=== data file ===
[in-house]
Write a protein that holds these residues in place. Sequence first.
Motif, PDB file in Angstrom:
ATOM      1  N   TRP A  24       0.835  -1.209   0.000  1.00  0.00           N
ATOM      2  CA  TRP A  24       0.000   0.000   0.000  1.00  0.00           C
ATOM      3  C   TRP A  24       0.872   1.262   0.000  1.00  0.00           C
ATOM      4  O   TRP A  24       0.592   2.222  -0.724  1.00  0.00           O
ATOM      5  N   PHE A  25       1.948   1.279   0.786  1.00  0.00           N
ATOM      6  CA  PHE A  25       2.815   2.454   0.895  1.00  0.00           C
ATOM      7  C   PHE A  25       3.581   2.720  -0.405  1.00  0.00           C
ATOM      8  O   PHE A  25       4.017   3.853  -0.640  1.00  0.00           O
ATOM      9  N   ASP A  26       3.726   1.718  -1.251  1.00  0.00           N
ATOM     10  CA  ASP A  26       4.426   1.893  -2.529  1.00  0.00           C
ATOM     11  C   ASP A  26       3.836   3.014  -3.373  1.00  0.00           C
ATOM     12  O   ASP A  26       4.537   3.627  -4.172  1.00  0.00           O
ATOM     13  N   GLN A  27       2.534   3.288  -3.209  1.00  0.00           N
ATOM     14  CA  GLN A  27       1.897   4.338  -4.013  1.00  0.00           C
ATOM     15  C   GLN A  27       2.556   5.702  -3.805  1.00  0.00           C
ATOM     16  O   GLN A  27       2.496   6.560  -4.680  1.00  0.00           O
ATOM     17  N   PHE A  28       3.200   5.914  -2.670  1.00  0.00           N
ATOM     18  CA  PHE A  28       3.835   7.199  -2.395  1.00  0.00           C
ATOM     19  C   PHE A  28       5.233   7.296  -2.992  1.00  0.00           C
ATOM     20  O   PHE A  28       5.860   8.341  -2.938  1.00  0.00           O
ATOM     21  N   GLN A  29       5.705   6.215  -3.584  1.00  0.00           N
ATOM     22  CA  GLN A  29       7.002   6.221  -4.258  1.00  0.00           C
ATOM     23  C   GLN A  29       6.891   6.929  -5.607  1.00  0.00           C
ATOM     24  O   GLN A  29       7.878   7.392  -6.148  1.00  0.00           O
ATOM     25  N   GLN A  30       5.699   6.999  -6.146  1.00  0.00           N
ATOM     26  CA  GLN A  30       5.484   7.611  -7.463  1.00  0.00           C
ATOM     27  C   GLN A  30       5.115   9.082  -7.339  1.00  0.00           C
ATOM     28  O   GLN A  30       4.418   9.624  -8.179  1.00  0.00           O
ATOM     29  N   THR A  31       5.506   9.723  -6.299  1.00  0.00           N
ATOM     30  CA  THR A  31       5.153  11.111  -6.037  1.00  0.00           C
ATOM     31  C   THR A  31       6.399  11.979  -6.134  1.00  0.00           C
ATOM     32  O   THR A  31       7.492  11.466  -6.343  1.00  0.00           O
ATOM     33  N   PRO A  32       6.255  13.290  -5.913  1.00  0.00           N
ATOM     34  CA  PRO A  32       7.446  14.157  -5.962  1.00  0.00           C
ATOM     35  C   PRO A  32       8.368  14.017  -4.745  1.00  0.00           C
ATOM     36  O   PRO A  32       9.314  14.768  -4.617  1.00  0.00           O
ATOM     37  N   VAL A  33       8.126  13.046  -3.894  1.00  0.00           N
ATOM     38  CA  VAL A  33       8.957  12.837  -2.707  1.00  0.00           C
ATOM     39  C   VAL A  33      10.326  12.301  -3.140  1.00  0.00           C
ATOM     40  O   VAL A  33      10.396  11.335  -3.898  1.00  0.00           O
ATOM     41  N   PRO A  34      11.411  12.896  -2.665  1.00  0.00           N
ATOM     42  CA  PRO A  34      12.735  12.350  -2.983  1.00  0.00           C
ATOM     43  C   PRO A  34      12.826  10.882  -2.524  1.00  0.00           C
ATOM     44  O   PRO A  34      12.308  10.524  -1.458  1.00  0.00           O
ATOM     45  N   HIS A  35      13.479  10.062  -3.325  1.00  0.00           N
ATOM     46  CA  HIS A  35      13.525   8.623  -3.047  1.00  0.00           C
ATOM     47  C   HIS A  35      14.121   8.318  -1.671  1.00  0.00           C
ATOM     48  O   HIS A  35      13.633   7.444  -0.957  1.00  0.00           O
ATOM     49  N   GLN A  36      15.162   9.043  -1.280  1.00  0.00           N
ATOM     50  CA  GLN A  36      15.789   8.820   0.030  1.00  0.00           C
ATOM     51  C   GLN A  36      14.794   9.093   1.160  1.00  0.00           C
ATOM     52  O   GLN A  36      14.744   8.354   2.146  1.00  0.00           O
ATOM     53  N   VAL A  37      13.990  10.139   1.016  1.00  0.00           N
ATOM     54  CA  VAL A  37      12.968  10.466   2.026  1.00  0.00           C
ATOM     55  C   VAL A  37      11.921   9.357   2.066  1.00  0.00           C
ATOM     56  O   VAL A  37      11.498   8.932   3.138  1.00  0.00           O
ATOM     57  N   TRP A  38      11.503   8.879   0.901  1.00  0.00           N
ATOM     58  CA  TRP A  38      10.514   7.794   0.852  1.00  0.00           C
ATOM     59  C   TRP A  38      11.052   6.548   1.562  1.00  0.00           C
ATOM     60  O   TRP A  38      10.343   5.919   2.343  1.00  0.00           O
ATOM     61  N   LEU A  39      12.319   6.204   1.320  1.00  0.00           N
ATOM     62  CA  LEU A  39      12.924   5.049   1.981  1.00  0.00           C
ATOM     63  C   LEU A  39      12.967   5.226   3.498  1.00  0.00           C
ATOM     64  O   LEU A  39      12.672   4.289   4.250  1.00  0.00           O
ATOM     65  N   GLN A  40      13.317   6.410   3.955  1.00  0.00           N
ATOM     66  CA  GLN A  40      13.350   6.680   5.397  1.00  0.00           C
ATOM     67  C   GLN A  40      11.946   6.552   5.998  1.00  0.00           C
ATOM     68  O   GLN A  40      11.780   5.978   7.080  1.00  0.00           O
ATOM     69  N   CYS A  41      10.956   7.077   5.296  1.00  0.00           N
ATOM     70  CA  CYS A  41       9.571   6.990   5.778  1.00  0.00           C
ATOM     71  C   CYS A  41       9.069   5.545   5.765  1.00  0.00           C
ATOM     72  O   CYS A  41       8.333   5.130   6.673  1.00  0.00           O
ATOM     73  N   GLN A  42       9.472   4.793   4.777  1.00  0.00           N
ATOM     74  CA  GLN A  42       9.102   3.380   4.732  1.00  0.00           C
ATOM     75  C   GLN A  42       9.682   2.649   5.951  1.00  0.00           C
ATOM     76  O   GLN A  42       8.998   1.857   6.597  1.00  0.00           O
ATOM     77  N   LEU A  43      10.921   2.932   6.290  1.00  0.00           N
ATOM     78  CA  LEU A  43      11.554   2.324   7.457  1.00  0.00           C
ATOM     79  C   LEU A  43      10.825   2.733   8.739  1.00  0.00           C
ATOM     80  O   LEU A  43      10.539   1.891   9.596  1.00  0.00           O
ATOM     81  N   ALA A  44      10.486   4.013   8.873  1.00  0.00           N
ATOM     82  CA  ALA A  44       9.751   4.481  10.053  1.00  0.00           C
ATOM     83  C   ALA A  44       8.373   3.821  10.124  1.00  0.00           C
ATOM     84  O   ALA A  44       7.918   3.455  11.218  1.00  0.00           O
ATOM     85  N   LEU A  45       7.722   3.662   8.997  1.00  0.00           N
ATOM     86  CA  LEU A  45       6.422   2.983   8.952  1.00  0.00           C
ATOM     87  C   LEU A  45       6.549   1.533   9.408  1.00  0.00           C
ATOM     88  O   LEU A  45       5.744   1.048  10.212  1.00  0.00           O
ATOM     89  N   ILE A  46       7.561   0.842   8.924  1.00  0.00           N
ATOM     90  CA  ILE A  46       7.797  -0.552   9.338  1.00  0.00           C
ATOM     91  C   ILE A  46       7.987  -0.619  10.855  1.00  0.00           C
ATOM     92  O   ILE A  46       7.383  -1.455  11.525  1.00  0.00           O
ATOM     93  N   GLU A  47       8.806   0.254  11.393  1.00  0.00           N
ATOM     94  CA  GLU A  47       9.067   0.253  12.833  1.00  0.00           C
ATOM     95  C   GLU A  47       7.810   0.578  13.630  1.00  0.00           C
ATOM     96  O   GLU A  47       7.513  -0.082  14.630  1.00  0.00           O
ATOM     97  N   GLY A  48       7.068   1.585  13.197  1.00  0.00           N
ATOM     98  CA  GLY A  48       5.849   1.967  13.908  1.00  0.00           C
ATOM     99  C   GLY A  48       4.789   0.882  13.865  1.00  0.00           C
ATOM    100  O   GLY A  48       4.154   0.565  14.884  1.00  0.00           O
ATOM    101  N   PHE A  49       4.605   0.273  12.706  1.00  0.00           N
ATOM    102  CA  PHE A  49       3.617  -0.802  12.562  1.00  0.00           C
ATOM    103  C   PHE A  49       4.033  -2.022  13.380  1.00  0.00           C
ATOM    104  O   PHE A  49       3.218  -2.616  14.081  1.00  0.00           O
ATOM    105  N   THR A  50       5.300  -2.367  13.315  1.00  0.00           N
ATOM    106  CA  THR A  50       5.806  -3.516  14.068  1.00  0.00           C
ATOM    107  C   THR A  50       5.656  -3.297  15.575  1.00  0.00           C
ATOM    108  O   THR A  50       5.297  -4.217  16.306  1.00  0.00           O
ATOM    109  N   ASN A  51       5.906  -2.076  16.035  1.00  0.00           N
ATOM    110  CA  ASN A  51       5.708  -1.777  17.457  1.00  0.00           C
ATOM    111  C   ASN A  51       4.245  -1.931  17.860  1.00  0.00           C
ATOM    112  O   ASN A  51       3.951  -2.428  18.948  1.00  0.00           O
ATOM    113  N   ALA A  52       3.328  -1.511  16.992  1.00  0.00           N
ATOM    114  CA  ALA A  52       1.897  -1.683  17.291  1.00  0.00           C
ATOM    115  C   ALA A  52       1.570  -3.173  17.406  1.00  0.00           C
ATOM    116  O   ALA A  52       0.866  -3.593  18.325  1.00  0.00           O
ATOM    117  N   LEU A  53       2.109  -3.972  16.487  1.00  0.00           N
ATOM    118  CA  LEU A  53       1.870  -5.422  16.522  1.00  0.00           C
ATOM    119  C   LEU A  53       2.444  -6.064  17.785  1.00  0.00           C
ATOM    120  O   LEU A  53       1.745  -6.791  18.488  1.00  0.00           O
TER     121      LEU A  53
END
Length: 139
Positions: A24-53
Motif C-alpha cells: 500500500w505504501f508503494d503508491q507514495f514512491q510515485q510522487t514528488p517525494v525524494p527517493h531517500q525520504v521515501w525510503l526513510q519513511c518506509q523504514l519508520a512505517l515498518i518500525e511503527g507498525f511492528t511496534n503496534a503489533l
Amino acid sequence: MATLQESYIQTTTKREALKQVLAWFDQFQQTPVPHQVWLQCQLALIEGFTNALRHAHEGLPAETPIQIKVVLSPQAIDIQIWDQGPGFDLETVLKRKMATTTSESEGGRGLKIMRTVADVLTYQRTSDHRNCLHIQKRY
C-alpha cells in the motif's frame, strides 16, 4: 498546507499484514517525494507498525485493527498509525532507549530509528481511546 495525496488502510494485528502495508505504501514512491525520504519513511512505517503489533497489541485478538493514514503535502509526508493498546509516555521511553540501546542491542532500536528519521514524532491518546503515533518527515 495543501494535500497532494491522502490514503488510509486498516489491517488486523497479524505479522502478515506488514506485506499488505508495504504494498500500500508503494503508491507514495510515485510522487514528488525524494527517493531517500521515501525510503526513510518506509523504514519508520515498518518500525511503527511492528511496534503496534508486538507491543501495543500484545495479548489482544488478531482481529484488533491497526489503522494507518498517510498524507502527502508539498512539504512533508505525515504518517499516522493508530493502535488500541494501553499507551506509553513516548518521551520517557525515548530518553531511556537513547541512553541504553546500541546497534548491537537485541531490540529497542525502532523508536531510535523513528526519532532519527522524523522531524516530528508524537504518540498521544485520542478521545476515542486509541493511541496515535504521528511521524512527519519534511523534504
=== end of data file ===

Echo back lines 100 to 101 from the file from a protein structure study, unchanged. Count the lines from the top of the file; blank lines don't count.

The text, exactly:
ATOM     97  N   GLY A  48       7.068   1.585  13.197  1.00  0.00           N
ATOM     98  CA  GLY A  48       5.849   1.967  13.908  1.00  0.00           C